Mystery of the body in Portadown brook, the missing Lithuanian and the police's wall of silence over case
The rumour mill has been working overtime in Portadown since the grim discovery of a dead man in a stream, writes Ivan Little
Near a scruffy piece of wasteland in an almost forgotten corner of Portadown where a man's body was found in a stream at the weekend, the scrawled message on a wall says 'No More Dumping'.
It's a warning to fly-tippers to keep out but it's clearly been routinely ignored, and it's the sort of overgrown area where anything could lie undetected for days or even weeks.
The PSNI wasn't saying yesterday how long it believed the body may have been there.
Indeed, it wasn't saying a lot about anything as the force insisted it had to wait for the results of a post-mortem examination today to confirm suspicions that the man was murdered.
Local people weren't quite so reticent. They have little doubt that the man was killed, possibly in another part of Portadown and his body left in the stream, close to where everything from toys to household rubbish have been discarded.
Ever since the gruesome discovery was made on Sunday morning the rumour mill around Mourneview Street has been in overdrive.
Yesterday evening police were given an additional 36 hours to question three men who were arrested as part of their investigation, and a woman and a 17-year-old girl were released - the teenager to be reported for withholding information. The PSNI indicated that it knew who the dead man was but it added that it wouldn't release any details until after the conclusion of today's post-mortem and a formal identification.
Despite the caution, speculation in Mourneview Street is that the dead man was a Lithuanian who had been living in the Co Armagh town for some time.
DUP Assemblyman Sydney Anderson, who has been liaising with the PSNI, said he understood that the man was originally from eastern Europe.
Last month police issued appeals for help in tracing missing 31-year-old Lithuanian Eimantas Gerdvilas, who had lived in the Killicomaine area of the town, amid concerns for his well-being.
A spokesman said at the time: "We want to get him back to his loved ones safely."
The PSNI yesterday refused to say if it believed the dead man could be Mr Gerdvilas, but one man who lives in the Mourneview Street area said police had shown him a photograph of the missing man over the weekend.
He said: "The police were keeping their cards very close to their chests. They wouldn't tell me what was going on."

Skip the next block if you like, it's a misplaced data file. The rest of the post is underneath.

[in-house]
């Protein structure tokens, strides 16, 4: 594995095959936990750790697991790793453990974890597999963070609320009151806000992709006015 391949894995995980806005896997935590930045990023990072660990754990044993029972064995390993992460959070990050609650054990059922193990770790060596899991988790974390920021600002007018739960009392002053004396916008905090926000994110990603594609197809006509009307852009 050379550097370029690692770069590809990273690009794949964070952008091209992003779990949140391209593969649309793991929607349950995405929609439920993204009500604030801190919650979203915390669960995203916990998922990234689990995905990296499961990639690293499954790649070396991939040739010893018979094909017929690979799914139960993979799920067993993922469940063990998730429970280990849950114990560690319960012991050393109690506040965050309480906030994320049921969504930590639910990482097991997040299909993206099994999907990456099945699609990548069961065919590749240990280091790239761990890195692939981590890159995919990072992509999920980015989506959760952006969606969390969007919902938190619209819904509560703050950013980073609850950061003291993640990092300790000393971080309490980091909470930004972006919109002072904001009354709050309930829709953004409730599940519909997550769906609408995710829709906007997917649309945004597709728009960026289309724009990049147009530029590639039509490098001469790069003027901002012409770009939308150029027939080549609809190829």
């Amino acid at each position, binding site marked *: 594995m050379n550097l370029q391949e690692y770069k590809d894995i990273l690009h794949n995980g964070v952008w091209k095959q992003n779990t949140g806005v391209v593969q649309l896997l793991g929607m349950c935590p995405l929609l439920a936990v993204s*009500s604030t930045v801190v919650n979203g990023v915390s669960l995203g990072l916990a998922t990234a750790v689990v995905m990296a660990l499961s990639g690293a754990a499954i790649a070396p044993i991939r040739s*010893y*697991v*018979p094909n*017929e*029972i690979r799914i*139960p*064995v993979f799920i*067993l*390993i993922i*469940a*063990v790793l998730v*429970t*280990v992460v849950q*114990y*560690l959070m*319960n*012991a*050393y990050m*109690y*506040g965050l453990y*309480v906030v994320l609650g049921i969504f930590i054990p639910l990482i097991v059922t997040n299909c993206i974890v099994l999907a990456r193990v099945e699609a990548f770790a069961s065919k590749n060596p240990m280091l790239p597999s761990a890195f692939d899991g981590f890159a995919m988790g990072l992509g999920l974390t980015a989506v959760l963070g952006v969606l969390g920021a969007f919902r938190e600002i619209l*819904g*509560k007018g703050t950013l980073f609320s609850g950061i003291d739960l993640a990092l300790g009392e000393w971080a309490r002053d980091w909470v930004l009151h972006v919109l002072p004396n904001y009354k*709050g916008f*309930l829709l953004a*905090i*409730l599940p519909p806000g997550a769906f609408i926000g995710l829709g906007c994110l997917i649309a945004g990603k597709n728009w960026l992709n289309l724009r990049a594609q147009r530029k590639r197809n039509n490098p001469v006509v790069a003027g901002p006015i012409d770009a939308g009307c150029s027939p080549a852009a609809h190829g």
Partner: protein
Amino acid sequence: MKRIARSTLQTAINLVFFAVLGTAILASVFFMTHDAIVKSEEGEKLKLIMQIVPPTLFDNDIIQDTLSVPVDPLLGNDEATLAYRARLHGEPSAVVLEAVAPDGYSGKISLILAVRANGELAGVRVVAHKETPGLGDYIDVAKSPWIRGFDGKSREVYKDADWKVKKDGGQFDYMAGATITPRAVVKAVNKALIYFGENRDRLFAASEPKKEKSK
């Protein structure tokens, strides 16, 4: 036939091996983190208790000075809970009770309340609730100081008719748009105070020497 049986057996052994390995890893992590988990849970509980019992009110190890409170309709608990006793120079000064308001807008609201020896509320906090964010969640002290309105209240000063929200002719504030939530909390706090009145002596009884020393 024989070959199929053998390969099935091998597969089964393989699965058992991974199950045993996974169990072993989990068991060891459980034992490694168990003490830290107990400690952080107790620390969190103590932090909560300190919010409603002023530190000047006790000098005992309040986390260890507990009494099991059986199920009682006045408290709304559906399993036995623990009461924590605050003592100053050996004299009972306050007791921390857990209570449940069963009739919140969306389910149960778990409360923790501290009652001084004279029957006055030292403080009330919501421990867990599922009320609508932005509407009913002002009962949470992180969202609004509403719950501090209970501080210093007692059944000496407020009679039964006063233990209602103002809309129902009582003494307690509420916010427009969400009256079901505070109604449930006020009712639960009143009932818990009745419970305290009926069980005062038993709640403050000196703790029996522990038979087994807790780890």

After the body was found police carried out door-to-door enquiries and forensic teams concentrated their intensive investigations on one house in Mourneview Street.
A number of addresses in Killicomaine were also searched, and it's understood there was still a heavy police presence last night.
Politicians say they're shocked at the developments in Mourneview Street, which is in an area that has become popular with large numbers of immigrant workers, particularly from eastern Europe.
One man told me: "Mourneview Street has changed quite dramatically down the years. It was always famous as one of Portadown's most staunchly loyalist streets with a Twelfth of July arch going up there every year along with bunting from all the houses.
"But in recent times scores of workers from outside the town have found the housing in the area attractive because it is at the lower end of the rental market. And there's always been plenty of jobs for the foreign workers in Portadown thanks largely to the food industry."
Portadown man Darryn Causby, who's Lord Mayor of Armagh, Banbridge and Craigavon District Council, said his heart went out to the dead man's family.
"It's a very sad day for them, for Portadown and for Mourneview Street where a number of families have been living in the same homes for the past 50 years," he said.
"People there are distraught. It's a very closely-knit area and even though it has seen many different communities setting up home in the district, there's a genuine sense of horror that this gentleman is dead.
"It's the last thing they would ever have imagined could happen on their own doorsteps."
Ulster Unionist councillor Doug Beattie has visited Mourneview Street, where he said people were not only stunned but also confused over the discovery of the body.
"It's a quiet street. Residents there don't know the man who has died and while there is speculation that he mightn't be a local, many people are upset that his life has been cut short," he said. "A lot of people's prayers are with the man's relatives and his friends at what is a very difficult time."
It's not the first time that Mourneview Street has found itself in the news for all the wrong reasons.
Five years ago there were reports that a brothel was being operated there, and in April 2014 police moved in to shut down what was described as a "thriving brothel" in a house after long-term residents reported suspicious activity.
"There'd been claims that three women were living in the house and that cars were arriving at all hours of the day and night," said one man.
Several days after the police operation, there were reports that more women were seen in the house, but the PSNI again shut down the operation.